Carter the unstoppable points machine
New Zealand flyhalf Dan Carter is rarely guilty of a misplaced pass or shoddy kick at goal — as his world-leading 1 381 points in test rugby testify to — but the perfectionist in black took his frustrations out on Scotland in mesmerising style on Sunday.
Carter was left aghast in Brisbane last month when his drop goal attempt against Australia after the siren had sounded flew wide, an 18-18 draw against their Tasman foes ending a run of 16 successive victories.
Another win would have matched the record of the All Blacks side who clocked up 17 straight victories between 1965 and 1969 and the South Africans between 1997 and 1998.
Carter made Scotland pay at Murrayfield, recovering from seeing his pass intercepted by Matt Scott on 13 minutes that allowed Tim Visser in for the game’s opening try to orchestrate a six-score salvo by the world champions to kick off their European tour with a 51-22 win.
The 30-year-old was at his imperious best, his potent running, ball handling and vision wreaking havoc in a Scotland defence that had vowed to stand “toe-to-toe” with their illustrious opponents.
He contributed 21 points with the boot — successful with nine from 10 attempts — but it was his playmaking skills that All Blacks coach Steve Hansen and opposite number Andy Robinson purring.
“He was pretty handy with ball and boot,” said Hansen.
“Probably the only thing he did wrong was give them an intercept try but really that was a reflection on how he is taking the ball to the line and I thought he caused them a lot of problems doing that.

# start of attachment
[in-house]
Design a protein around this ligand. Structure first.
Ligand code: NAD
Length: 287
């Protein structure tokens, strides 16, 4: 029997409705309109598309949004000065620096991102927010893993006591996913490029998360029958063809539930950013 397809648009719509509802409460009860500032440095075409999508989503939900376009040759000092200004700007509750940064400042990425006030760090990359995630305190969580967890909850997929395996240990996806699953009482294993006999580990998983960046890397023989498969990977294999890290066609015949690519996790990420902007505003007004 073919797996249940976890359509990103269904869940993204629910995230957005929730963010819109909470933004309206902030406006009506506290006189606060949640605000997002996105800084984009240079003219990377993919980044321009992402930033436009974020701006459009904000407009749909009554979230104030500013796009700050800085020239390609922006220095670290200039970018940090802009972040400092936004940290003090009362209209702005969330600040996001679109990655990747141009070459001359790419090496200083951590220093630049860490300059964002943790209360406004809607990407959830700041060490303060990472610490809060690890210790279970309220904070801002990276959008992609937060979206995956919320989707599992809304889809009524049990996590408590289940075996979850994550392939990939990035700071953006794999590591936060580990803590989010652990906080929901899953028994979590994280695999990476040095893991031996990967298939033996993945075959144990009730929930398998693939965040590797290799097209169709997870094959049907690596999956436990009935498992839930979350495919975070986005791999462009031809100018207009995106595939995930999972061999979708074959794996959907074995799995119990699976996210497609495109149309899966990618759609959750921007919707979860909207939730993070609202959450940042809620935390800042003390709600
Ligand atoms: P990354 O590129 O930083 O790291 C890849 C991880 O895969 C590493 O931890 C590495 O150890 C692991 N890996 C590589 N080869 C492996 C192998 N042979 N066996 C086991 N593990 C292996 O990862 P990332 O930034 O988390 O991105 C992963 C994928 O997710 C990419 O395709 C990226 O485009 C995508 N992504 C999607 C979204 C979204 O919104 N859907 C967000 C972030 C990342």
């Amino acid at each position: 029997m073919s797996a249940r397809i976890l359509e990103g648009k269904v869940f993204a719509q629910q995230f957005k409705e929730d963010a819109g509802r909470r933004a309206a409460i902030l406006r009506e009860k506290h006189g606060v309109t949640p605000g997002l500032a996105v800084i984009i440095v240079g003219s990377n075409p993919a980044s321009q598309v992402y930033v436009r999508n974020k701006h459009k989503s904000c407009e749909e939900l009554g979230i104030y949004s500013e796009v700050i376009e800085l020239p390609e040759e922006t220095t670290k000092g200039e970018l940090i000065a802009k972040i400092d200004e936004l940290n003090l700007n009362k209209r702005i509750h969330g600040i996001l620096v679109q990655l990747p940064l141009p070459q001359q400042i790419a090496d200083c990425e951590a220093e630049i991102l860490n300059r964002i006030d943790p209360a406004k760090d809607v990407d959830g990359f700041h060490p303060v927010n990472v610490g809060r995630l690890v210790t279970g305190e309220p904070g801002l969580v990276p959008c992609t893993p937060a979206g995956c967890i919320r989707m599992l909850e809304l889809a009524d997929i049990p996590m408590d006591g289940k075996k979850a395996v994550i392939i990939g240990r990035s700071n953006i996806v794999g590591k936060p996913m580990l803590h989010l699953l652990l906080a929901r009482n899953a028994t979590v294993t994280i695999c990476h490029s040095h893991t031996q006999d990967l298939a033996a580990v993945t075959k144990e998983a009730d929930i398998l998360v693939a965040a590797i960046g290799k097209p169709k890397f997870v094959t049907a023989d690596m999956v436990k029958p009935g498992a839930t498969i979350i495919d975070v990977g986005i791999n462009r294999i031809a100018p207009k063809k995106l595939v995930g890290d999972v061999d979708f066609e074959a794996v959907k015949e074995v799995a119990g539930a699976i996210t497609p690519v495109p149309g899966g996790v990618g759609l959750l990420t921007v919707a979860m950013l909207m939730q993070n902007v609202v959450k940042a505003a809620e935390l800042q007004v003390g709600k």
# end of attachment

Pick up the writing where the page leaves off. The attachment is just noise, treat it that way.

“When he does that he always plays well and he did that all day.
“His job was made easier by a bloke that has come in for a lot of criticism — (scrumhalf) Piri Weepu — I thought he was outstanding today in the 60 minutes he played.”
Captain Richie McCaw, playing in his 114th test, also lauded the standoff.
“It’s great to see him playing like that — he was pretty happy in the shed,” said the flanker.
“He was a bit disappointed last time we were out (against Australia) but he had a pretty good game.”
Scotland coach Robinson and captain Kelly Brown, confronting their side’s shortcomings in defence, conceded Carter had been unstoppable.
“When you give a guy like that time and space he’ll pull the strings, he’s a fantastic footballer and rugby player,” said Robinson.
“We had to put him under pressure — but it is the quality he has... when he does break the line the team normally score from it.”
Brown, skippering the Scots in his 50th test, put it more succinctly.
“We needed to shut him down and we didn’t do it.”
Carter can now probably look forward to a sightseeing trip in Rome with the All Blacks likely to make changes to face Italy next weekend before the sterner tests of Wales and England.